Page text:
How Do I Do Something That's Actually Useful on the MicroZed?
When I started working with the MicroZed, I began like any good student should. I read everything I could get my hands on, followed some basic tutorials, and scoured the Xilinx forums. But when it came time to put everything together to actually "do something useful", I realized I was in way over my head.
How was I supposed to get data from an Ethernet port into the algorithm I wrote in Vivado HLS? What the hell were all those DMA settings showing up in the DMA configuration widget? How does one write an HLS algorithm that doesn't send its results back to the MicroZed's ARM processor using DMA? These were the questions that were racking my brain.
It took me a really long time reading through a ton of different sources to answer these questions. So I figured I'd write a tutorial that covers all the hurdles I had to jump over in the hopes that it'll save other people some time.
A (Relatively) Simple Project to Start
The project I'm going to cover in this tutorial involves sending some data from a computer to the MicroZed over Ethernet, having the MicroZed run that data through a simple algorithm running in the Programmable Logic, and then sending the results back to computer on that same Ethernet link. It looks something like this.
Sounds easy, right? Shoot...I wish it was. I would have had more time to watch Key and Peele skits on the internet if it was.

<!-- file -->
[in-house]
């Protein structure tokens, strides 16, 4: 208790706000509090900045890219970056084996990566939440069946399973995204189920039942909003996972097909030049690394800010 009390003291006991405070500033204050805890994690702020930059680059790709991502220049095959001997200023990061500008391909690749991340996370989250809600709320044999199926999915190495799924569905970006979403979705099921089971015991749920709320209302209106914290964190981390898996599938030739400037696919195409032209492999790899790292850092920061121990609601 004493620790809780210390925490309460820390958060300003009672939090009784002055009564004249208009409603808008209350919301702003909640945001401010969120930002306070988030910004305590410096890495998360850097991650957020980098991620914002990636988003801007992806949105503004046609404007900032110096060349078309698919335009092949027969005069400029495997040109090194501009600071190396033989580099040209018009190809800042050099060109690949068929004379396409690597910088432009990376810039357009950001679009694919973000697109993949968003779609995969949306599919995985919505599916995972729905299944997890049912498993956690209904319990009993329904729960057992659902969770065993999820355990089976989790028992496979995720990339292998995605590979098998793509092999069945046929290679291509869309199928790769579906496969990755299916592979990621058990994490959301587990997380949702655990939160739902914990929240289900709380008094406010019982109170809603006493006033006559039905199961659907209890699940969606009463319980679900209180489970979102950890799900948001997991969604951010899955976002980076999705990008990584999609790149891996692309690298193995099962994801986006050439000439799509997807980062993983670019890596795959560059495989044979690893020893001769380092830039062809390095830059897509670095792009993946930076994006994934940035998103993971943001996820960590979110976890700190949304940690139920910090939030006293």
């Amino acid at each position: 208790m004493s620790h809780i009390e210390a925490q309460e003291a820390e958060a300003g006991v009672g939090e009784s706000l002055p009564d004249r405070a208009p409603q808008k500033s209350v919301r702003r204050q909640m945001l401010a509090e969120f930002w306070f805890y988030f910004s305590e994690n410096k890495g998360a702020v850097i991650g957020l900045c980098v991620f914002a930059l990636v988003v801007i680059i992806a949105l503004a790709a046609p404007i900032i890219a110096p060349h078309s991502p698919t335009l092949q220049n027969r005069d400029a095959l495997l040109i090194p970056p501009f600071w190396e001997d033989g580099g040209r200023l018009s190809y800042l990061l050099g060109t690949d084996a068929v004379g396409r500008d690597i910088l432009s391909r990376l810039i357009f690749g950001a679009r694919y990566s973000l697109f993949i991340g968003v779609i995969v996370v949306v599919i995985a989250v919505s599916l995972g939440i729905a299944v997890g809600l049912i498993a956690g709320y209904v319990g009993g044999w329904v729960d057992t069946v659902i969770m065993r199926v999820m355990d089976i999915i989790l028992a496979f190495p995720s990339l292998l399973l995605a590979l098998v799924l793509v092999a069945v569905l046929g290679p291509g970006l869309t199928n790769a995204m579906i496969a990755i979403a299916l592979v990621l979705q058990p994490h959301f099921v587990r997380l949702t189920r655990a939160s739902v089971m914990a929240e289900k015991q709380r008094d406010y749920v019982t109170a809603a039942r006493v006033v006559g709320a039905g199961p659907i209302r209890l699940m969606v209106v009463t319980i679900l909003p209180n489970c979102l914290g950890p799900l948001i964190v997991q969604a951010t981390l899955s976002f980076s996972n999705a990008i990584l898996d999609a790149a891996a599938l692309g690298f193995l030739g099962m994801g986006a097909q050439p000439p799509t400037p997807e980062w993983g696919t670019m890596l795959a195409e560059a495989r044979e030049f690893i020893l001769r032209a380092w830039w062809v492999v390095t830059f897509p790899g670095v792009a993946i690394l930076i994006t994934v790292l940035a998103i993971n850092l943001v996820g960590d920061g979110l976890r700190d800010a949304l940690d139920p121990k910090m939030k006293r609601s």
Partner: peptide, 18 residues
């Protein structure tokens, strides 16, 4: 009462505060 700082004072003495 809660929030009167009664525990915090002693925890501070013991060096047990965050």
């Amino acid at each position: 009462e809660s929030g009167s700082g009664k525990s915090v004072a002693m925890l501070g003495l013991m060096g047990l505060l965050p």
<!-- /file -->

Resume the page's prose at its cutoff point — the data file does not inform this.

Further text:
The Tools You'll Need
Part of the reason this is difficult is that it involves using three different Xilinx tools, and each one of those tools has a thick ass manual that would take you weeks to read through. To get our application working, we'll need to do the following:
- Write our data processing algorithm in Vivado High Level Synthesis and turn it into an IP product that Vivado Design Suite can ingest.
- Build a block design in Vivado Design Suite that describes how the data is going to flow from the ARM microprocessor (after being received by a UDP server) to our algorithm.
- Write our UDP server, DMA mover, and interrupt handler in Xilinx SDK. This code will run on the ARM processor inside the MicroZed.
So the bad news is that the 3 products above will cost you more than a top-notch washer/dryer combo. The good news is that once you've convinced your boss to buy them all, this tutorial will help you understand how these three applications can be used together to create a fully-functional system.
My real hope is that if you can get through this tutorial then you can figure out how to make your own application that runs data through the MicroZed.
This tutorial will be broken down into chapters and sections that follow the enumeration in the previous section.